Friday, November 1, 2019

60 Minutes 11/3 on CBS

7:30-8:30 PM, ET/7:00-8:00 PM, PT on the CBS Television Network
MARIA BUTINA – Maria Butina, the Russian woman who made headlines when she was arrested for conspiring to act as an agent of foreign government, tells Lesley Stahl she did not try to influence American policy as U.S. prosecutors charge. Alexandra Poolos is the producer.
THE BATTLE OF BREXITJon Wertheim takes a look at the messy break Britain is trying to make from the European Union, the disorder in Parliament “Brexit” has caused, and Speaker John Bercow, whose frustrated face has become a symbol of the political battle. Michael Gavshon is the producer.
THE WRIGHT WAY – Bill Whitaker profiles the Wright family of Southern Utah, a clan sporting nine professional cowboys with five world rodeo titles among them, who live a lifestyle straight out of the old west. Nichole Marks is the producer.
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Meet the Wrights, a Cowboy Clan Holding on to a Rein and a Way of Life
They have names like Stetson, Rusty, Ryder and Cody. They ride horses like they were born in the saddle. And they are among the best saddle bronc rodeo riders in the world. Bill Whitaker profiles the Wright family of Southern Utah, a clan sporting nine professional cowboys with five world rodeo titles among them who live the kind of lifestyle straight out of the old west. The Wrights will be featured on the next edition of 60 MINUTES, Sunday, Nov. 3 (7:30-8:30 PM, ET/7:00-8:00 PM, PT) on the CBS Television Network.
On the family cattle ranch on the edge of Zion National Park, the Wrights worked to become a dominant force in rodeo. The Wrights have made it to the National Finals Rodeo in Las Vegas – the sport’s Super Bowl – every year for the past decade and a half. The oldest, Cody Wright, 42, has won the champion’s gold buckles – the top prize – twice.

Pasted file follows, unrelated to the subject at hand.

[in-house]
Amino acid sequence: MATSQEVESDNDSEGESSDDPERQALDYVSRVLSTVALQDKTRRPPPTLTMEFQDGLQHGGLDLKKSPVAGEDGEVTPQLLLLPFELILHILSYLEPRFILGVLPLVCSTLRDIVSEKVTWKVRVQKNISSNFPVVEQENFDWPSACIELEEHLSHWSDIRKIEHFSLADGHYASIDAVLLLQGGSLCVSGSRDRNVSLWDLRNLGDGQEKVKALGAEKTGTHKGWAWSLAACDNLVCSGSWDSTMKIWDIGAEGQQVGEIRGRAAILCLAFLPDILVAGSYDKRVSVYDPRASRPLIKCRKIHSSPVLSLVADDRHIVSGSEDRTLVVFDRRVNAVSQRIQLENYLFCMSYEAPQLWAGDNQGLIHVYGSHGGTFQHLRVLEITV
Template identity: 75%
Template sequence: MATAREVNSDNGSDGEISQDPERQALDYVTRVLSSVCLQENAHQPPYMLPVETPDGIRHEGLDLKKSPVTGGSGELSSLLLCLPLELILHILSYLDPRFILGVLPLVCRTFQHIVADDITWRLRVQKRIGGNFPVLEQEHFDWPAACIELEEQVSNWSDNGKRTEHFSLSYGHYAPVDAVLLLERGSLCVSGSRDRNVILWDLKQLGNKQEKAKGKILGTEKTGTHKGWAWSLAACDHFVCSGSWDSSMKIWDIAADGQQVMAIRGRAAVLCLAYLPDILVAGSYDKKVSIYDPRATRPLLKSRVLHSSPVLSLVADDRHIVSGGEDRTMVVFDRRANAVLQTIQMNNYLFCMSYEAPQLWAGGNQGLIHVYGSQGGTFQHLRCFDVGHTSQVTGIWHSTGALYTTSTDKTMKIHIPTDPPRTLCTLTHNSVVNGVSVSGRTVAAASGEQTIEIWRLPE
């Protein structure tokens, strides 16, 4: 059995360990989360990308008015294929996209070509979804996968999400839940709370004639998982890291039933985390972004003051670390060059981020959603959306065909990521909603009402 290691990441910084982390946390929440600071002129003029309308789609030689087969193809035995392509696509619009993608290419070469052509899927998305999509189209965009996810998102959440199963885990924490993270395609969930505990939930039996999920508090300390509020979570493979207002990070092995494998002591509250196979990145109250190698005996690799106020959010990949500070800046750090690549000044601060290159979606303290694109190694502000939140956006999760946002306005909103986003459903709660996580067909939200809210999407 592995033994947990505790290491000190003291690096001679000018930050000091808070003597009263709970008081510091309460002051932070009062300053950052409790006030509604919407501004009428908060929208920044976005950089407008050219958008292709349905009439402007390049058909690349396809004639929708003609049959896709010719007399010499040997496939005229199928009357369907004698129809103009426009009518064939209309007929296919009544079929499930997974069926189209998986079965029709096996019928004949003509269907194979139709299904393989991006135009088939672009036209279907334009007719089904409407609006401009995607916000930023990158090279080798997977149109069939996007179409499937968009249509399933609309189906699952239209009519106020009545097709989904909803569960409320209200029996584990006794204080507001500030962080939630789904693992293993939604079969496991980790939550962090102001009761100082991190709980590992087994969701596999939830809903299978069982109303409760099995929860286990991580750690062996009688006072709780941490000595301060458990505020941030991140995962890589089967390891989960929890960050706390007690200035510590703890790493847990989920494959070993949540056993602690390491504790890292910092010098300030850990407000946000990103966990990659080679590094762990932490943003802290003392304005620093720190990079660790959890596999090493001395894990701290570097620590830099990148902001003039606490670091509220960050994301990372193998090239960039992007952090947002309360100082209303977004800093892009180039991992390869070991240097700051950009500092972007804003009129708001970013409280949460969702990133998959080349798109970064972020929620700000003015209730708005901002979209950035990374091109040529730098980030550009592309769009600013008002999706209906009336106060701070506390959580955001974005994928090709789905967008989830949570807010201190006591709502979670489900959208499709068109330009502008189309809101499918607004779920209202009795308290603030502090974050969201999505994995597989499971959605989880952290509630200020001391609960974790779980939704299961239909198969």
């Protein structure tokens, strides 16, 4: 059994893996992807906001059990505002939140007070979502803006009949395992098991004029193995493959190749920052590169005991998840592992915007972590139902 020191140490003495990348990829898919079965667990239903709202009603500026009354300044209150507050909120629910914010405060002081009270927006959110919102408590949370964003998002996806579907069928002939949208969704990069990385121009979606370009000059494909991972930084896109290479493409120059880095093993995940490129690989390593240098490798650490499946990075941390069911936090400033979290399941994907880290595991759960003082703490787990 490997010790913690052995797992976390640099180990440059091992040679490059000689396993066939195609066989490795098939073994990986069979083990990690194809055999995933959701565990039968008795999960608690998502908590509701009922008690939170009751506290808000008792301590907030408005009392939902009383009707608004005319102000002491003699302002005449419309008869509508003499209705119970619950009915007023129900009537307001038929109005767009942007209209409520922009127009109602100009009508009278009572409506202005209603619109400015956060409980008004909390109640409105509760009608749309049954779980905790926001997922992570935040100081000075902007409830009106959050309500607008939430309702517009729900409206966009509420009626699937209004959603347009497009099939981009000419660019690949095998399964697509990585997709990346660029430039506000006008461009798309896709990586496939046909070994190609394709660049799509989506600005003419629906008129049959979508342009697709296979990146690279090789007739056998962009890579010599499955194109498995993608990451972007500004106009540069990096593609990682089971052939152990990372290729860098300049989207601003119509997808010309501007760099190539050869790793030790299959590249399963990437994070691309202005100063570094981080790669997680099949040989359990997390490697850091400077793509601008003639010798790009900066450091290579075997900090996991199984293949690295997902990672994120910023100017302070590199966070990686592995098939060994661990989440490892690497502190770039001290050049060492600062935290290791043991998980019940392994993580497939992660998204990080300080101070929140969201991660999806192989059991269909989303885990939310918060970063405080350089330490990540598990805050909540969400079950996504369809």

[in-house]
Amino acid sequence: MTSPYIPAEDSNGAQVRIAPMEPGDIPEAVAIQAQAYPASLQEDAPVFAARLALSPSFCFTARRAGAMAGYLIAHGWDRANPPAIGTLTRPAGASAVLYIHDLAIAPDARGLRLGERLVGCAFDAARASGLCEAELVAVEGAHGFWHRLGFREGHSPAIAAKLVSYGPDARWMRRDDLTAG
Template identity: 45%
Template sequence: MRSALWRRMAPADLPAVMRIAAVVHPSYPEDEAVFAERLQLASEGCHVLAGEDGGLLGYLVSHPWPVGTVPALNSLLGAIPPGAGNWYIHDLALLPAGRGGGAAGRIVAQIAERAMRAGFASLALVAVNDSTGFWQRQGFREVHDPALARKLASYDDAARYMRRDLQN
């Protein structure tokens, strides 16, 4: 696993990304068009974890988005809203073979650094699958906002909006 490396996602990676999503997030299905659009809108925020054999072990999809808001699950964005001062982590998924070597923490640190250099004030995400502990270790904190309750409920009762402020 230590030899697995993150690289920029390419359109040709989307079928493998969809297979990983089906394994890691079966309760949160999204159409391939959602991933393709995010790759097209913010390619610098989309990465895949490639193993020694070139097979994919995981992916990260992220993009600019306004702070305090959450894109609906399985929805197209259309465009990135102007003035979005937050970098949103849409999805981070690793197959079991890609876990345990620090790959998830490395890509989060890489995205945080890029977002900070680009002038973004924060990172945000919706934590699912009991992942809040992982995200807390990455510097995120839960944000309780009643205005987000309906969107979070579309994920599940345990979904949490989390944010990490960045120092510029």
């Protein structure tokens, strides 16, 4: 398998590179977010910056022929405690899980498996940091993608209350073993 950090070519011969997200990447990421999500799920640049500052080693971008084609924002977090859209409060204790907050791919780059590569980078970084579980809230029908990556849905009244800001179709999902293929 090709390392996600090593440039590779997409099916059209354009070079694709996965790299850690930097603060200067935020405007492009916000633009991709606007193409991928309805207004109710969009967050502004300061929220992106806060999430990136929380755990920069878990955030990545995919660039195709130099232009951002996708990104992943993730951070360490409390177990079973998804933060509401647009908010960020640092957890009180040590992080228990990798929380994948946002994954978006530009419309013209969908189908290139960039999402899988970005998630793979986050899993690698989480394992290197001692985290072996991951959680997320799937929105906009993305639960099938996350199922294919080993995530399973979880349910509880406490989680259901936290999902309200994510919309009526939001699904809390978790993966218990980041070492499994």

Saddle Bronc riding is a dangerous event in which the rider tries to hold onto a horse specially bred to buck them off with just one hand for eight wild seconds. Cody explains what he does on the bucking bronc. “When they jump and kick…they’re stretched out, their feet are off the ground,” he tells Whitaker. “[So] you want to be stretched out, your free arm straight back and your feet set as high on the neck as you can get them.”
Cody emphasizes the importance of being in time with the horse as it bucks. “It can be the roughest ride in the world if you’re out of time, or it can be the smoothest ride in the world…I like to think you are [dancing with the horse]. I dance a lot better with a horse than I do my wife. I ain’t got no rhythm,” he says with a laugh.
When a rider is out of time with the bronc, they can fall in spectacular fashion, sometimes causing serious injuries. Three of the Wrights came to a group interview on crutches. Among the wince-inducing injuries they have suffered: fractured skull, broken back, brain bleed. More common is minor, yet painful damage: Jake Wright says he has broken his nose “about 10 times.”
The next generation of Wrights aims to continue the family tradition. Whitaker and 60 MINUTES cameras captured Cody coaching his youngest son, 16-year-old Statler, on his first bronc ride. “I was…super nervous until I got in there, and then I just pretty much forgot about everything else but what my dad’s taught me,” says Statler. After about eight seconds, he was thrown off. “I hurt my butt, actually, but as soon as I hit the ground, I wanted to do it again.”

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